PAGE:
Senate confirms rare Biden judge pick from Republican-led state

The U.S. Senate Judiciary Committee holds a hearing on President Joe Biden’s judicial nominees
U.S. Magistrate Judge Matthew Brookman delivers remarks during the U.S. Senate Judiciary Committee hearing on President Joe Biden’s judicial nominees on Capitol Hill in Washington, U.S., January 25, 2023. REUTERS/Leah Millis
  • Only three of Biden's judicial nominees have been confirmed by voice vote
  • Matthew Brookman is rare Biden judicial nominee with home state Republican backing

March 30 (Reuters) - The U.S. Senate did something rare late on Wednesday: It unanimously confirmed one of President Joe Biden's judicial nominees.

The Senate on a voice vote unanimously approved elevating U.S. Magistrate Judge Matthew Brookman to a U.S. district court judgeship in the Southern District of Indiana, a state with two Republican senators.

The lack of Republican opposition to Brookman marked a rarity for the Democratic president's judicial nominees. Of 119 confirmed judicial nominees, only two others did not require roll call votes and were instead unanimously approved by voice vote.

By comparison, 26 of Republican President Donald Trump's 92 appointments at this point in his presidency received voice votes, according to data collected by the conservative Heritage Foundation.

Just 10 of the Biden's 87 confirmed district court appointments hail from states with one or more Republican senators, a fact progressive advocates say points to the need to bring an end to the Senate's "blue slip" tradition.

The Senate Judiciary Committee has maintained a custom of requiring senators to return "blue slips," named for the color of the paper forms, supporting district court nominees from their home states for them to advance.

The panel's Republican leadership did away with the requirement for blue slips for appellate court nominees during Trump's tenure.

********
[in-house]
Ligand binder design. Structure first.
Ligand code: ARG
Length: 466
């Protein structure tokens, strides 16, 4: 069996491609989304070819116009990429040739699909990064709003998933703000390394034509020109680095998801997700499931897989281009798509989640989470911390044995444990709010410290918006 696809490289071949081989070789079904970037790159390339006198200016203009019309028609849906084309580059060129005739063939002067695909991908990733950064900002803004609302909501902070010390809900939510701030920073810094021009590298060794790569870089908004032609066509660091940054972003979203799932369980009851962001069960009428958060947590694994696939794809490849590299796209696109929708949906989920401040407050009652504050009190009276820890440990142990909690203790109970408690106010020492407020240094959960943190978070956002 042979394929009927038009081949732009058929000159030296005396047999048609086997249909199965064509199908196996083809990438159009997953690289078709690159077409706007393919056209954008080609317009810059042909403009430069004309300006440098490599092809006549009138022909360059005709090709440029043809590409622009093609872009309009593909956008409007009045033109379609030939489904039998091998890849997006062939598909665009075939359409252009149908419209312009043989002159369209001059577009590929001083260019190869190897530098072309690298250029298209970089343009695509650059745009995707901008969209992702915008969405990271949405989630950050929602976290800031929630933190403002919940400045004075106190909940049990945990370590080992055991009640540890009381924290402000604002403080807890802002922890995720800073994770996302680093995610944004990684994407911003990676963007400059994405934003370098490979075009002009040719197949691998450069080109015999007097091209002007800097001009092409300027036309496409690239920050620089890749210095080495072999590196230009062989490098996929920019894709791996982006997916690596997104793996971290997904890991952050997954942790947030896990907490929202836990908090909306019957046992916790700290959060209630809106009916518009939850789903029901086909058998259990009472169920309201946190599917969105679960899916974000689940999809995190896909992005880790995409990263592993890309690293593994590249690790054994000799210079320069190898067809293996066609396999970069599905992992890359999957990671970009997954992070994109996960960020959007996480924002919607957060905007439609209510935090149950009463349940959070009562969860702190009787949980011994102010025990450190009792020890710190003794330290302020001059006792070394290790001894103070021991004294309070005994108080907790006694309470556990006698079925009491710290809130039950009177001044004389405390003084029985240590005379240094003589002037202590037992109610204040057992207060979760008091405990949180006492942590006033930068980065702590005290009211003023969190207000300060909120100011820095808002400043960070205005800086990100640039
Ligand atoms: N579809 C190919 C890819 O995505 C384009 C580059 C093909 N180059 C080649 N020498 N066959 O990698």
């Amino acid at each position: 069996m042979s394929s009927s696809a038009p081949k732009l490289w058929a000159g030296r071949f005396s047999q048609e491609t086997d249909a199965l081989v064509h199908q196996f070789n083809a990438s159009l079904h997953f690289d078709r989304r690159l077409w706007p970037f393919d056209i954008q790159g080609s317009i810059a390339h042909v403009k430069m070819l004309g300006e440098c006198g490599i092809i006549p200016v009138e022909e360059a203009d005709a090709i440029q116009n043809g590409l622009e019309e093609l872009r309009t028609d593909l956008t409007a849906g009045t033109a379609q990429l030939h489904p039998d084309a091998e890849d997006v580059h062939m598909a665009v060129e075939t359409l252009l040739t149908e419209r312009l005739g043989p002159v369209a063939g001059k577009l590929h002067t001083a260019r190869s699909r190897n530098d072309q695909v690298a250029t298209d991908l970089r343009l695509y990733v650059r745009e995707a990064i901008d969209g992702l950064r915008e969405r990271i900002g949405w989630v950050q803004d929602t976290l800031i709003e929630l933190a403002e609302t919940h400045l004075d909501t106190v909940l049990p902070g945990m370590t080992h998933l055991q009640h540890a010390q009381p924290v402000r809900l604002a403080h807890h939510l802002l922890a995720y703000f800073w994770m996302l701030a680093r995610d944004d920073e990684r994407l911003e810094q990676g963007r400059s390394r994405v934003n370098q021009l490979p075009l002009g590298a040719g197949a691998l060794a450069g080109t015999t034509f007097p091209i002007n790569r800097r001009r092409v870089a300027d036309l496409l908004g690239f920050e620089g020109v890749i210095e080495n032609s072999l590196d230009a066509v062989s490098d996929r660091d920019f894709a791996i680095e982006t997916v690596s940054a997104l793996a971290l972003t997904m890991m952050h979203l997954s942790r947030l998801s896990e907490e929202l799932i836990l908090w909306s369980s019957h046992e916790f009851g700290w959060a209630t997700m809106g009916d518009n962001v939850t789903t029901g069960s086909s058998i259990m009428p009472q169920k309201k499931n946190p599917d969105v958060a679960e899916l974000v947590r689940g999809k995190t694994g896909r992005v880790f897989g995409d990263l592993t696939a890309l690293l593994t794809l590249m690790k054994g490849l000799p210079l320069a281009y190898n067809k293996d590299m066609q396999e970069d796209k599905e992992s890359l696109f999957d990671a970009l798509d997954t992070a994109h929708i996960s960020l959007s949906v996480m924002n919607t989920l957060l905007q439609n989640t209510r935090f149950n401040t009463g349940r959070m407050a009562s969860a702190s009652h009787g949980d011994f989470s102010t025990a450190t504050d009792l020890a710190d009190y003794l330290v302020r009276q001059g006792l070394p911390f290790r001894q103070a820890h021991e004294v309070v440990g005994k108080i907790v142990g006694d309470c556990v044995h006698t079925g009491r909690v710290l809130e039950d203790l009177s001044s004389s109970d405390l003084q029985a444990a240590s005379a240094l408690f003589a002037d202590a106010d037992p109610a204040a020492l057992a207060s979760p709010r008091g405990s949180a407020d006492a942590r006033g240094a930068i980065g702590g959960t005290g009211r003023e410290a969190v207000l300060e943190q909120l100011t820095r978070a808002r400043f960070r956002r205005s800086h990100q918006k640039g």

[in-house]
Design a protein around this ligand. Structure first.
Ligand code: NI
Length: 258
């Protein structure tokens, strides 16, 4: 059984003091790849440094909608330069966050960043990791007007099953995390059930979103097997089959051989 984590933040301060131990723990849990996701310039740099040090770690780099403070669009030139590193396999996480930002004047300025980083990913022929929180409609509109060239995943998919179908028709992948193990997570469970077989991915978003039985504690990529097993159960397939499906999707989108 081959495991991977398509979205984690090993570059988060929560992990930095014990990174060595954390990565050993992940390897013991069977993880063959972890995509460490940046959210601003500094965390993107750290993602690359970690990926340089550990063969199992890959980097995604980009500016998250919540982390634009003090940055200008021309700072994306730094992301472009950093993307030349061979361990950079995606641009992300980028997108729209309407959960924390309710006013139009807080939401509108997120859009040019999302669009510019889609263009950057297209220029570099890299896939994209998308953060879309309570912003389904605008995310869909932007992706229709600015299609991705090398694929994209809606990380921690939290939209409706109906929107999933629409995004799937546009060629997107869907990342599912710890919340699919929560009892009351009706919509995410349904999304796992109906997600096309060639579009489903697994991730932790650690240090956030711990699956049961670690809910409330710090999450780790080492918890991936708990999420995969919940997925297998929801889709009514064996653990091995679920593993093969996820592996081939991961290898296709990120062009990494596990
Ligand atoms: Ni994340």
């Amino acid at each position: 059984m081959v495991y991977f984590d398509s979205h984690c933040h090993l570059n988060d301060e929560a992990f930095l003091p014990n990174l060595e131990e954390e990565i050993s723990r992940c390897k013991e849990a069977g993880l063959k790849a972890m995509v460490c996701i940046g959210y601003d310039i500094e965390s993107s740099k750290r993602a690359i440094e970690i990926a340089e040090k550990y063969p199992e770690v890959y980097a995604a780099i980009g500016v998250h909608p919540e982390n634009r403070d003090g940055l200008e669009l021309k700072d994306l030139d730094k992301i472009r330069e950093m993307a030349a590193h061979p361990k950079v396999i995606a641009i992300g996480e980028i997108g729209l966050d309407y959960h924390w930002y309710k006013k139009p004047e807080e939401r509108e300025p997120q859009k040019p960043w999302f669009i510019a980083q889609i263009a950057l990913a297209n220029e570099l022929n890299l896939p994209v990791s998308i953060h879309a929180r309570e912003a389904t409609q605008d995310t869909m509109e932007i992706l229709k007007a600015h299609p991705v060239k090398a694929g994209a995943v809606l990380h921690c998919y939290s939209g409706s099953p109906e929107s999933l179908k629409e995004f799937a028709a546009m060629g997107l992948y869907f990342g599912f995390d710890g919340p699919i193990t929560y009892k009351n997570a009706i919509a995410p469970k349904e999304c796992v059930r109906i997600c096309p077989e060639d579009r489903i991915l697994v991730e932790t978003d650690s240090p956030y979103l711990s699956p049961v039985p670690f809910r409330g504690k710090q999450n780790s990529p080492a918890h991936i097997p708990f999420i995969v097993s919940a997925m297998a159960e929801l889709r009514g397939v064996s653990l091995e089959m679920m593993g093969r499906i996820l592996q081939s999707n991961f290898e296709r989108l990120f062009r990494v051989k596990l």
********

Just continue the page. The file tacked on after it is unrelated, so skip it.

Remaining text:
Progressive groups like Demand Justice and the American Constitution Society have argued that maintaining the "blue slip" tradition has allowed Republicans to obstruct Biden from nominating new judges in their states to fill vacancies.

But while Senator Dick Durbin, the committee's Democratic chair, has said he would not honor a blue slip that discriminates based on race, gender or sexual discrimination, he had stood by the tradition and urged bipartisan cooperation.

At a hearing in January, Durbin held out Brookman as the rare example during Biden's tenure of two Republicans working with the White House to successfully name a judge and thanked GOP Senators Todd Young and Mike Braun of Indiana for doing so.

Brookman worked for decades as a federal prosecutor, first in Missouri starting in 1999 and later in Indiana from 2002 to 2016, when he became a federal magistrate judge.

At a January hearing, Young called Brookman an example of a nominee with "the potential for broad bipartisan support." Biden had announced plans to nominate Brookman in late December and his nomination moved swiftly through the Democratic-led Senate.

Read more:

Few Biden judicial nominees at Senate hearing as 'blue slip' concerns loom

Graham urges Republicans to work with Biden on judicial nominees

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Nate Raymond reports on the federal judiciary and litigation. He can be reached at